In many ways, 2016 was a pretty bleak year for business data privacy. Politically-motivated cyber espionage and leaks changed the political landscape, massive hacks showed the continuing vulnerability of IT infrastructure, and new surveillance laws gave intelligence and law enforcement even more power to spy on businesses and ordinary citizens.
But there’s good news too. Businesses, consumers and regulators are waking up to the need to fight cybercrime, while also protecting their data from increasingly invasive state surveillance. Here’s how business privacy will grow in 2017.
1. Business Data Privacy Will Become a Major Selling Point
Offering privacy as a value-added feature isn’t new. Many free email and productivity apps offer business and educational versions with stricter privacy guarantees. Encrypted cloud storage apps targeted toward business offer encryption, improved access control and other features to safeguard data. Businesses can also install encryption apps such as Virtru to greatly improve the security of the software their users rely on.
In 2017, however, we can expect to see business data privacy become a core part of many companies’ value propositions, both in the commercial and consumer spheres. Concern about hacking and government surveillance will drive both businesses and consumers toward privacy-forward services.
2. Zero-Trust Security Will Let Regulated Data Move to the Cloud
Companies in regulated industries have historically been reluctant to move to the cloud, owing to the perception that data is vulnerable there. Although staying out of the cloud doesn’t protect business data privacy and security, there’s an element of truth in that perception. Traditional network security, which focuses on defining a secure perimeter and keeping untrusted traffic outside isn’t sufficient in the cloud age. As we’ve seen in many breaches, trusting your providers can leave you vulnerable to cyber security threats.
The zero trust model, in which all traffic is considered untrusted, is a more secure model. All data is encrypted, traffic is logged and user access is strictly limited to the minimum necessary for employees to do their work. Users of zero trust don’t even have to trust their software providers. For example, Virtru encryption key management prevents your providers from seeing your data unencrypted without giving Virtru access to your files and emails, meaning neither party has access to your information.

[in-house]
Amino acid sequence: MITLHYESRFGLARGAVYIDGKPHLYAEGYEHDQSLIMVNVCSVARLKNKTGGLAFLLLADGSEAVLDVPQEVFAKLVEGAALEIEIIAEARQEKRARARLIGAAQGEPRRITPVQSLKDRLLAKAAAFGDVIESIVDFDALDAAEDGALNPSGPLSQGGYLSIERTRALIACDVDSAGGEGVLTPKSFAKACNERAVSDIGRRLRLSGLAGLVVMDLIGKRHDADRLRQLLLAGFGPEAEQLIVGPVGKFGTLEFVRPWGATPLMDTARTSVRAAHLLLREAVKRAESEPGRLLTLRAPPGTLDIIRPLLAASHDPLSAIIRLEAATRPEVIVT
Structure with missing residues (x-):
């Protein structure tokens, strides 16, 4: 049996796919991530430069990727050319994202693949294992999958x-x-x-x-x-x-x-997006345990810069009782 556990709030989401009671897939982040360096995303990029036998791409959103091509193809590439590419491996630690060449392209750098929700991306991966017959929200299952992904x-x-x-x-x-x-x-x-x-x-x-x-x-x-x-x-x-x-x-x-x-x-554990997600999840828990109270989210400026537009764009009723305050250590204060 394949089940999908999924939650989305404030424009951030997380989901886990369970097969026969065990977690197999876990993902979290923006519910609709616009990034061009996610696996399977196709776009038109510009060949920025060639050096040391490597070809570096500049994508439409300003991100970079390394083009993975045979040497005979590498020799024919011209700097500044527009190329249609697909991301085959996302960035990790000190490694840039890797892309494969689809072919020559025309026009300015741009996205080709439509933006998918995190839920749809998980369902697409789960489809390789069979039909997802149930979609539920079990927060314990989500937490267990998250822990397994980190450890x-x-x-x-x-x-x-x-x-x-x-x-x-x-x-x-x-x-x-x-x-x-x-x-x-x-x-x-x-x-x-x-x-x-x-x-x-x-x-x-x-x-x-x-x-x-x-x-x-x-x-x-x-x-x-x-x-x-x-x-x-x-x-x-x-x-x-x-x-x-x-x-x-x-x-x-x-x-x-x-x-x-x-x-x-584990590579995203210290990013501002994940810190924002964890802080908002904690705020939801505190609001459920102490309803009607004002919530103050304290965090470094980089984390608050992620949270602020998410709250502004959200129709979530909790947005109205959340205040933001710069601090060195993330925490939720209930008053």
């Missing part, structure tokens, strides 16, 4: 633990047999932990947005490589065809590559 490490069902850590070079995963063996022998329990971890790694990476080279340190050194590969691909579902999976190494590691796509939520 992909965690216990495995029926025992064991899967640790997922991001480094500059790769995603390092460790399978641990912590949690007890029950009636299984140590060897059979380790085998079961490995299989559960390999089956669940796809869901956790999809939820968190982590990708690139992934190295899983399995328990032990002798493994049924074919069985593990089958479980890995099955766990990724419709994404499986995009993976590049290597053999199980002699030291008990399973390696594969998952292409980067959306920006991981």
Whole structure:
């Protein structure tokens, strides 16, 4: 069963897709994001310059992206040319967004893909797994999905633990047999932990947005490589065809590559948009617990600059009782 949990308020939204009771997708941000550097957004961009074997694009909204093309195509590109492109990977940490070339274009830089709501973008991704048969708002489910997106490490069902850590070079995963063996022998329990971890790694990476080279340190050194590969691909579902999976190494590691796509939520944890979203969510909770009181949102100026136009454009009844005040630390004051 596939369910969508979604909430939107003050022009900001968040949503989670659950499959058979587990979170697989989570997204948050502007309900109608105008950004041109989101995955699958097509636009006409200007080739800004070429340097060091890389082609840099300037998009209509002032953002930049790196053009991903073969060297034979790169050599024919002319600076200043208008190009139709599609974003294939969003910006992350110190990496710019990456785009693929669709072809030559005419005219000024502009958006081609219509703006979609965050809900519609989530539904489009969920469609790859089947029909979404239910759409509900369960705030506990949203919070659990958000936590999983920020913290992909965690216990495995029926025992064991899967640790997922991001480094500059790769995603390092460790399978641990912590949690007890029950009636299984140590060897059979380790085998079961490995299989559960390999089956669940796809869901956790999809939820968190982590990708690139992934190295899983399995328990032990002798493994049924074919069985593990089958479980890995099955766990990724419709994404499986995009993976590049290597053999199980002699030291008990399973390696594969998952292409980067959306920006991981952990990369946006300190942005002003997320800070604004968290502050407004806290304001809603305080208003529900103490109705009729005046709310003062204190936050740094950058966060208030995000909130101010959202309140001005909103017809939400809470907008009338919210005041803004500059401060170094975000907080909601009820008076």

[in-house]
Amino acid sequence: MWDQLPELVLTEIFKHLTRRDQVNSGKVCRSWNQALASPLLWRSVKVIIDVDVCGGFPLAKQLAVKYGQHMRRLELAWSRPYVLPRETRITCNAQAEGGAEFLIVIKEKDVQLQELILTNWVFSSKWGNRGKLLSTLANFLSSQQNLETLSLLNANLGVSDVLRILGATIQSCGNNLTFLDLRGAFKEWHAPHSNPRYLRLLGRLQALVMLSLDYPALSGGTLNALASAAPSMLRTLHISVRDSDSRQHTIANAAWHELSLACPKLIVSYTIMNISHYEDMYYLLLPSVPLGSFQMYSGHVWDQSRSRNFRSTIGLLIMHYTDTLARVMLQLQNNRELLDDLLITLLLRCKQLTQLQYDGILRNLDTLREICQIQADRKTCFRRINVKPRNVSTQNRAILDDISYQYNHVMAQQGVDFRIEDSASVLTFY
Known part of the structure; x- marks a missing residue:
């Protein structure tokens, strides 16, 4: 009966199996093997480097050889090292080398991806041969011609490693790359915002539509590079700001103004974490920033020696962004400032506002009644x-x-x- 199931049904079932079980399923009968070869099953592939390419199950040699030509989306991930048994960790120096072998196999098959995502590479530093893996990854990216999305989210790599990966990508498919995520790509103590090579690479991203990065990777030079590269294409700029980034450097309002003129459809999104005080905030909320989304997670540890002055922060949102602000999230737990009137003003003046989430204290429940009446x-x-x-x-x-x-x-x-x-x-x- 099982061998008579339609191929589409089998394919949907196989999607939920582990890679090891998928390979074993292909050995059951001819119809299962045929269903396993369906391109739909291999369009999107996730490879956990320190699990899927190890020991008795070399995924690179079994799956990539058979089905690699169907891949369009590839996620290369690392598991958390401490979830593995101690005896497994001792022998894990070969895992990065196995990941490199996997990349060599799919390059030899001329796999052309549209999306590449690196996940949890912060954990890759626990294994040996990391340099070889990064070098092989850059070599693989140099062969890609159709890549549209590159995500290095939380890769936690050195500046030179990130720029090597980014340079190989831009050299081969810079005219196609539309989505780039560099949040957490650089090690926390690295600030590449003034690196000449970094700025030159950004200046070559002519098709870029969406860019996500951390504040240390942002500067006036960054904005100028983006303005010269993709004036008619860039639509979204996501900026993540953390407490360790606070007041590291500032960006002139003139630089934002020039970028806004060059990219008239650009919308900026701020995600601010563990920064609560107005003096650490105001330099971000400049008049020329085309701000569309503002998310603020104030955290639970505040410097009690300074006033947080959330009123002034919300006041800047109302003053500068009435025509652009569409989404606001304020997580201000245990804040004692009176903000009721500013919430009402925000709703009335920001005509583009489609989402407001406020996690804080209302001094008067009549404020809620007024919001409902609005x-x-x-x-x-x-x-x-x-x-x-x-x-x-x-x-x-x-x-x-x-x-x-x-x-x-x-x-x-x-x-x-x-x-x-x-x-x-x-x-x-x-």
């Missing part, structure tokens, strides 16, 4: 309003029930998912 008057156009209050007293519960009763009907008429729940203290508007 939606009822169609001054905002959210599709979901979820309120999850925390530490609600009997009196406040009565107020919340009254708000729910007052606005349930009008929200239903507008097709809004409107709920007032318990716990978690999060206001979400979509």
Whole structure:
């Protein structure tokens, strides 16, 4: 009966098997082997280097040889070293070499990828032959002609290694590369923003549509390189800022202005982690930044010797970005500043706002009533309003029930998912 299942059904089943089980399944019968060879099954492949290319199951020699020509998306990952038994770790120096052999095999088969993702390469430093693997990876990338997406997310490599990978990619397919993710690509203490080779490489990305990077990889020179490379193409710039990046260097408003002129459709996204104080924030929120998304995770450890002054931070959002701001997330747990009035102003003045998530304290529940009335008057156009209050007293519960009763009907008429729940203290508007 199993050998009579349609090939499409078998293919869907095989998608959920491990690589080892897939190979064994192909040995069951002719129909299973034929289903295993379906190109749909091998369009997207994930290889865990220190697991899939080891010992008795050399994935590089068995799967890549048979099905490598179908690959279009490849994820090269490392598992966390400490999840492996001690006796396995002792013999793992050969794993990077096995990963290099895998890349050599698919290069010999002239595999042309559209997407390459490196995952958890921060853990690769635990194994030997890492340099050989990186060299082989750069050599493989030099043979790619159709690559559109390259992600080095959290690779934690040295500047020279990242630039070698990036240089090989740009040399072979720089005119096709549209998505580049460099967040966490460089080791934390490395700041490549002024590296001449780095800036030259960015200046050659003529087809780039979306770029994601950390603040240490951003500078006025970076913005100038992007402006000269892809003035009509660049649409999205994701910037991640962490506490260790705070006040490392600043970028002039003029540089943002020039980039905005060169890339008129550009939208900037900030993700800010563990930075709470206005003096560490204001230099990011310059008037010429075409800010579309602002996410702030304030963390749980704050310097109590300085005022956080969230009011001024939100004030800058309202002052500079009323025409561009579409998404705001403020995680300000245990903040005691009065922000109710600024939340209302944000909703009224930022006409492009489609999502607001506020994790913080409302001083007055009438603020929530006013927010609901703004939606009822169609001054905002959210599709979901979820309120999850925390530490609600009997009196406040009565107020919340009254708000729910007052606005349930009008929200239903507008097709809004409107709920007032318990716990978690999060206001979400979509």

Zero trust security has been around for a few years now, but adoption has reached a tipping point. In 2017, we’ll see companies subject to laws like HIPAA, CJIS and CFPB compliance moving to the cloud en masse, knowing they can maintain business data privacy even without trusting their providers.
3. Journalists Will Flock to Business Privacy Technology
Surveillance has been an ongoing threat to journalists, making it more difficult to find and protect sources, and even leading to the prosecution of journalists themselves. Since the Snowden revelations, many journalists — particularly at newer, more tech-savvy outlets — have adopted encryption and other privacy technologies, but it’s far from universal. That’s about to change.
There’s concerns that U.S. data privacy laws will offer even less protection to journalists in the coming administration. President Trump has made a number of comments that suggest hostility to privacy concerns and journalists. For example, when Apple fought the FBI’s attempt to compel the company to break its own encryption, Trump forcefully attacked Apple, and suggested boycotting the company.
In the UK, the situation is even more worrisome. The Investigatory Powers Act has made it legal for the government to hack and spy on citizens who have not even been accused of wrongdoing, and sets aside no protection for journalists. Even Germany — which generally values privacy protections — has recently increased state surveillance powers.
More and more journalists and entire news outlets are seeing privacy tools as a necessity. Expect to see a massive move to business data privacy technology among the news industry.
Let’s Make 2017 The Law of Business Data Privacy
Spying, hacking, and other threats get a lot of press. What gets lost is the fact that businesses and consumers have more power than ever to take back their privacy. Better security philosophy, improved user-friendliness, and a growing awareness of the need to protect your data can usher in a new era of business data privacy in 2017. Let’s build a safer future together.